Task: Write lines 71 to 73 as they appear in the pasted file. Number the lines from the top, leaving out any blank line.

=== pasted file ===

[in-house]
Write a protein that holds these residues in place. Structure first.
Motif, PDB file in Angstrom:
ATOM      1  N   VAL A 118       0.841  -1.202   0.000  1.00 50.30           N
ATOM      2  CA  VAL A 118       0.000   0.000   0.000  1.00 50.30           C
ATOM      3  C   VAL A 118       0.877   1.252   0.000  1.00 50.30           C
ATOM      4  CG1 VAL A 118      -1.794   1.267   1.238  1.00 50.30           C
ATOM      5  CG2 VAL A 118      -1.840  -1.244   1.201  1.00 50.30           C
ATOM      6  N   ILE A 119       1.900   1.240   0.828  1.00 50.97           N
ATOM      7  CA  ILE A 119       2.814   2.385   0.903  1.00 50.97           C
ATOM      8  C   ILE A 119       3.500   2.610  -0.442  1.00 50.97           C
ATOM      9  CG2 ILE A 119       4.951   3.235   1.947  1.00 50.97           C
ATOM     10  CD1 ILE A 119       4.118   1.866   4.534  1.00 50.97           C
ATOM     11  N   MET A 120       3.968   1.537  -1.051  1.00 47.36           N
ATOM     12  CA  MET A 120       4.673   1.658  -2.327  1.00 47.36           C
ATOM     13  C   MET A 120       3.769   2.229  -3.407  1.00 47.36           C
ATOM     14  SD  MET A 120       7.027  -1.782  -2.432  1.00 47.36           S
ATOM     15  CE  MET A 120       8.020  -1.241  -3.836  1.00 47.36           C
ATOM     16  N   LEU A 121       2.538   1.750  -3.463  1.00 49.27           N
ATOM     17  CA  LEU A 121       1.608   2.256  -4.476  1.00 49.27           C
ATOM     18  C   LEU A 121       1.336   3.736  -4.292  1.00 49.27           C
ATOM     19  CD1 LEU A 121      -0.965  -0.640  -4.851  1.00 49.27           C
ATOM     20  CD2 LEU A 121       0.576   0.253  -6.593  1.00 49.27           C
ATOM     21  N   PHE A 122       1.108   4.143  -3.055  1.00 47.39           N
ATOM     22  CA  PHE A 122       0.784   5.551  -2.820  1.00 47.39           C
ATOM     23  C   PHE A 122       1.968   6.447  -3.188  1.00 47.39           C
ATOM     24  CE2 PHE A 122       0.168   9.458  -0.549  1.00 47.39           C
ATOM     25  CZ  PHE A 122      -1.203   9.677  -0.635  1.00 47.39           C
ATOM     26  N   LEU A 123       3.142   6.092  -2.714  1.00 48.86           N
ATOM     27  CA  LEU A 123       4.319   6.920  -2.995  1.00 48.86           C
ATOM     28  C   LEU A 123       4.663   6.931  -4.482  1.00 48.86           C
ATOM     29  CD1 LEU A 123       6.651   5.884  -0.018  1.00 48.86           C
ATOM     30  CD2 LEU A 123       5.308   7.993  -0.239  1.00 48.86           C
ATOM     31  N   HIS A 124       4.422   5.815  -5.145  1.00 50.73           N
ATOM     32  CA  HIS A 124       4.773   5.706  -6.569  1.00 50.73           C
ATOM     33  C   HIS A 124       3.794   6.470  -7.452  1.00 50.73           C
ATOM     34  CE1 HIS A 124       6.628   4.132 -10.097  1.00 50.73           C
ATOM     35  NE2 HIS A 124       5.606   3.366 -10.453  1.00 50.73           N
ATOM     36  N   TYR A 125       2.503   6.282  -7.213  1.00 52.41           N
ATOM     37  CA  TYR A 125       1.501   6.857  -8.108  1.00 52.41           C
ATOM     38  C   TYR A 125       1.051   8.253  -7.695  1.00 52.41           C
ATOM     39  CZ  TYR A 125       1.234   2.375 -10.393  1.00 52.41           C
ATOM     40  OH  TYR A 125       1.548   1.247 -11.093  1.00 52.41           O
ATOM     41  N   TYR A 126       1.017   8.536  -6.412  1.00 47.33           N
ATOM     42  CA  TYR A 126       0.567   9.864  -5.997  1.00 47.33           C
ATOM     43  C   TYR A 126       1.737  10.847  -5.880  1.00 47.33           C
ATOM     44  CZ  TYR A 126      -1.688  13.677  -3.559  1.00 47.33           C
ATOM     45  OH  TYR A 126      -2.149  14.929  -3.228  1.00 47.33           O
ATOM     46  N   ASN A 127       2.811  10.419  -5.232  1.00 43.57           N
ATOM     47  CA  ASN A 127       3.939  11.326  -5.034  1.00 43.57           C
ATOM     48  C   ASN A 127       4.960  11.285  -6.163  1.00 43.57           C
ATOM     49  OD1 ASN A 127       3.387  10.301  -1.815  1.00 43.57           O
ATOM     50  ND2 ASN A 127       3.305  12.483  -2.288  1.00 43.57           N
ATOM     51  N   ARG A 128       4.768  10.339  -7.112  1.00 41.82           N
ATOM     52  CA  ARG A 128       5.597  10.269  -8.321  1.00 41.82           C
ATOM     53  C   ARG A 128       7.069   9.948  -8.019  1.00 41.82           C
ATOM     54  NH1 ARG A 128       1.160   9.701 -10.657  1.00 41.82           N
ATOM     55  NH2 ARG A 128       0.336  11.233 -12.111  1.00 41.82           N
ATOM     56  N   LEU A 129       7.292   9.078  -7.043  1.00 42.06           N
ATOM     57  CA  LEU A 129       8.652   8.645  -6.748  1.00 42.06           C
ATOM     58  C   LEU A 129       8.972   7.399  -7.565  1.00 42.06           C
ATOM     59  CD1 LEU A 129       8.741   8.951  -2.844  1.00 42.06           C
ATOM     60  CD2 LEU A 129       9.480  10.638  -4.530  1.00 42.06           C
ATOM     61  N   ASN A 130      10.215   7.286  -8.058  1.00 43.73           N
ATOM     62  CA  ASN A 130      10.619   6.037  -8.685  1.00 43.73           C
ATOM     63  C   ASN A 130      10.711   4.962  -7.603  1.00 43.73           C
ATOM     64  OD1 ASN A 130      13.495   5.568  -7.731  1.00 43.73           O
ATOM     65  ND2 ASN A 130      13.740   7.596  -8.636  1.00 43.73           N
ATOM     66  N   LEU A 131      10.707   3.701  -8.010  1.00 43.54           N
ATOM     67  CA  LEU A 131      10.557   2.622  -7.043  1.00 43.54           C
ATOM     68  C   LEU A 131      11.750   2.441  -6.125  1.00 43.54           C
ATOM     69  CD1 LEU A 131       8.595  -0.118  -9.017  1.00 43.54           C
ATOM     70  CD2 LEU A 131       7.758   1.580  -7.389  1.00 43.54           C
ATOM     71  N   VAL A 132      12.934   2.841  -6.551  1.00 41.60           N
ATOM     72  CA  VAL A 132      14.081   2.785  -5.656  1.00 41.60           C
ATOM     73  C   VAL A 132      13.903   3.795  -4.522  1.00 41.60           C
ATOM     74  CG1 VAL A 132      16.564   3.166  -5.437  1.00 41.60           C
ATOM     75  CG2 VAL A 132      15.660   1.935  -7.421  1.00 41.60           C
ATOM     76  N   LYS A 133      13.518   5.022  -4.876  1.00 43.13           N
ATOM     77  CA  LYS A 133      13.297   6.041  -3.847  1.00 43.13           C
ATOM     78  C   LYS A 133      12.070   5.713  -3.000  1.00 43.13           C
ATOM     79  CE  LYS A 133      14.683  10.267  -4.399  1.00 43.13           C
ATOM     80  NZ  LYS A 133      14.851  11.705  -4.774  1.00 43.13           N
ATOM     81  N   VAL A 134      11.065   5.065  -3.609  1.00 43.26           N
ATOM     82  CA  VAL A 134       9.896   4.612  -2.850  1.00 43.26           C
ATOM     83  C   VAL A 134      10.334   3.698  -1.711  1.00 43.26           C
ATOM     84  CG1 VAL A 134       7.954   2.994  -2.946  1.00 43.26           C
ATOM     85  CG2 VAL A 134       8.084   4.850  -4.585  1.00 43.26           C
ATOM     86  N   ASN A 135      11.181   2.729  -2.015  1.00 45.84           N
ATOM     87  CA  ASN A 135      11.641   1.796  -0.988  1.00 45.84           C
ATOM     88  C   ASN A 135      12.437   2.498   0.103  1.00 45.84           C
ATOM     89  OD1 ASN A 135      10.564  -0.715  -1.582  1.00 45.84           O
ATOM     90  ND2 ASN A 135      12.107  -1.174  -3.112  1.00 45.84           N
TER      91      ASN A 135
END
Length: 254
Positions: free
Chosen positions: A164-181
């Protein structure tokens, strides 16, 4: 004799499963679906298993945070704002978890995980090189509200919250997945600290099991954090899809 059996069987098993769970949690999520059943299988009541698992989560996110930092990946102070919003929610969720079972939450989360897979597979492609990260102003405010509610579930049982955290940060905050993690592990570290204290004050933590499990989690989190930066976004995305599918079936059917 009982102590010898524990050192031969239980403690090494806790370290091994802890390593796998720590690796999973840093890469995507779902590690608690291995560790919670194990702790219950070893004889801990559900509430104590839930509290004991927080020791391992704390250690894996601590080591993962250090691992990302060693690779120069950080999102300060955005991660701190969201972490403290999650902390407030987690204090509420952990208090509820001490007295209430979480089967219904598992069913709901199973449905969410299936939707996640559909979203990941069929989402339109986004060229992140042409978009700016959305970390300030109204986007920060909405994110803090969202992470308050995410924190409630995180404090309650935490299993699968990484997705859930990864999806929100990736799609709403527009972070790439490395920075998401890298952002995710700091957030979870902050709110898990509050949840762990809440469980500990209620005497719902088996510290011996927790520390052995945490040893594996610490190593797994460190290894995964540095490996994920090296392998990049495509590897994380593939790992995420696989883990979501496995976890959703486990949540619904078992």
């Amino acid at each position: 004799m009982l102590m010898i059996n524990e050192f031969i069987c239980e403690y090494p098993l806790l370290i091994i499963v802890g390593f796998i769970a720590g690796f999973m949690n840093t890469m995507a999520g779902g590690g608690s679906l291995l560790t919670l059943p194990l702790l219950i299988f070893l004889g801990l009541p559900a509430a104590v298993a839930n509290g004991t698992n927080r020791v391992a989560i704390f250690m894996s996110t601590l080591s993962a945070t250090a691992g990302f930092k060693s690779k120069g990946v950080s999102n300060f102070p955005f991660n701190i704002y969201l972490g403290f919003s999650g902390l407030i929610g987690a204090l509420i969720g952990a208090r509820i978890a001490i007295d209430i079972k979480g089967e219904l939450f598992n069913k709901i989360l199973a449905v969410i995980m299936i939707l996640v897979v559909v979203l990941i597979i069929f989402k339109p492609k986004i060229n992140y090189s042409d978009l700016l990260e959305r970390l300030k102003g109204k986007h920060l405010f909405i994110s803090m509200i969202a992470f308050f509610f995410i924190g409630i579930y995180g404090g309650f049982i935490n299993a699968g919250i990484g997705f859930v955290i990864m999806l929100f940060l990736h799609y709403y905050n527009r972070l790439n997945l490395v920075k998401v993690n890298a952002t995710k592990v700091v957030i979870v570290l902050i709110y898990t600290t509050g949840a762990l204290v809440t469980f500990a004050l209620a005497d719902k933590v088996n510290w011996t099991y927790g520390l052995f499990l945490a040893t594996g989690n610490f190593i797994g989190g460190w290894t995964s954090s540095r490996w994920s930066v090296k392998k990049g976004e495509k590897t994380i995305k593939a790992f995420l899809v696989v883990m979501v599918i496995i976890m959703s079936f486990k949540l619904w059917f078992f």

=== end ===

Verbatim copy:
ATOM     68  C   LEU A 131      11.750   2.441  -6.125  1.00 43.54           C
ATOM     69  CD1 LEU A 131       8.595  -0.118  -9.017  1.00 43.54           C
ATOM     70  CD2 LEU A 131       7.758   1.580  -7.389  1.00 43.54           C